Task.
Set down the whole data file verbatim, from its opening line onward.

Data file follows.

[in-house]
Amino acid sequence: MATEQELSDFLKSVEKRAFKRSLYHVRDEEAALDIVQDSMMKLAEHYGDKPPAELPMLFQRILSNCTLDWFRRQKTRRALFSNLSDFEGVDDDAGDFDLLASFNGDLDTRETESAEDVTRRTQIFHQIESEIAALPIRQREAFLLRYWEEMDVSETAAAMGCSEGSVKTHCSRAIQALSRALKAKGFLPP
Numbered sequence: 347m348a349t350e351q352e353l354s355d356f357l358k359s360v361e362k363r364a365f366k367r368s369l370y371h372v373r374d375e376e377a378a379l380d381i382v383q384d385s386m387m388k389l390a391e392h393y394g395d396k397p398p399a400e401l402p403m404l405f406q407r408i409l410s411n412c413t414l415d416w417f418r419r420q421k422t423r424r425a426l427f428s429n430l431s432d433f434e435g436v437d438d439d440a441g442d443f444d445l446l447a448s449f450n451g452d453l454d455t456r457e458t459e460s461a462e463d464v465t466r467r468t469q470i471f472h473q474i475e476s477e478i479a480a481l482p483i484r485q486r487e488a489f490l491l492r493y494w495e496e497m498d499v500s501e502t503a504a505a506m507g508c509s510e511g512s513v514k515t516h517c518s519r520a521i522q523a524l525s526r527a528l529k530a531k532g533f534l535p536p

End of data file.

[in-house]
Amino acid sequence: MATEQELSDFLKSVEKRAFKRSLYHVRDEEAALDIVQDSMMKLAEHYGDKPPAELPMLFQRILSNCTLDWFRRQKTRRALFSNLSDFEGVDDDAGDFDLLASFNGDLDTRETESAEDVTRRTQIFHQIESEIAALPIRQREAFLLRYWEEMDVSETAAAMGCSEGSVKTHCSRAIQALSRALKAKGFLPP
Numbered sequence: 347m348a349t350e351q352e353l354s355d356f357l358k359s360v361e362k363r364a365f366k367r368s369l370y371h372v373r374d375e376e377a378a379l380d381i382v383q384d385s386m387m388k389l390a391e392h393y394g395d396k397p398p399a400e401l402p403m404l405f406q407r408i409l410s411n412c413t414l415d416w417f418r419r420q421k422t423r424r425a426l427f428s429n430l431s432d433f434e435g436v437d438d439d440a441g442d443f444d445l446l447a448s449f450n451g452d453l454d455t456r457e458t459e460s461a462e463d464v465t466r467r468t469q470i471f472h473q474i475e476s477e478i479a480a481l482p483i484r485q486r487e488a489f490l491l492r493y494w495e496e497m498d499v500s501e502t503a504a505a506m507g508c509s510e511g512s513v514k515t516h517c518s519r520a521i522q523a524l525s526r527a528l529k530a531k532g533f534l535p536p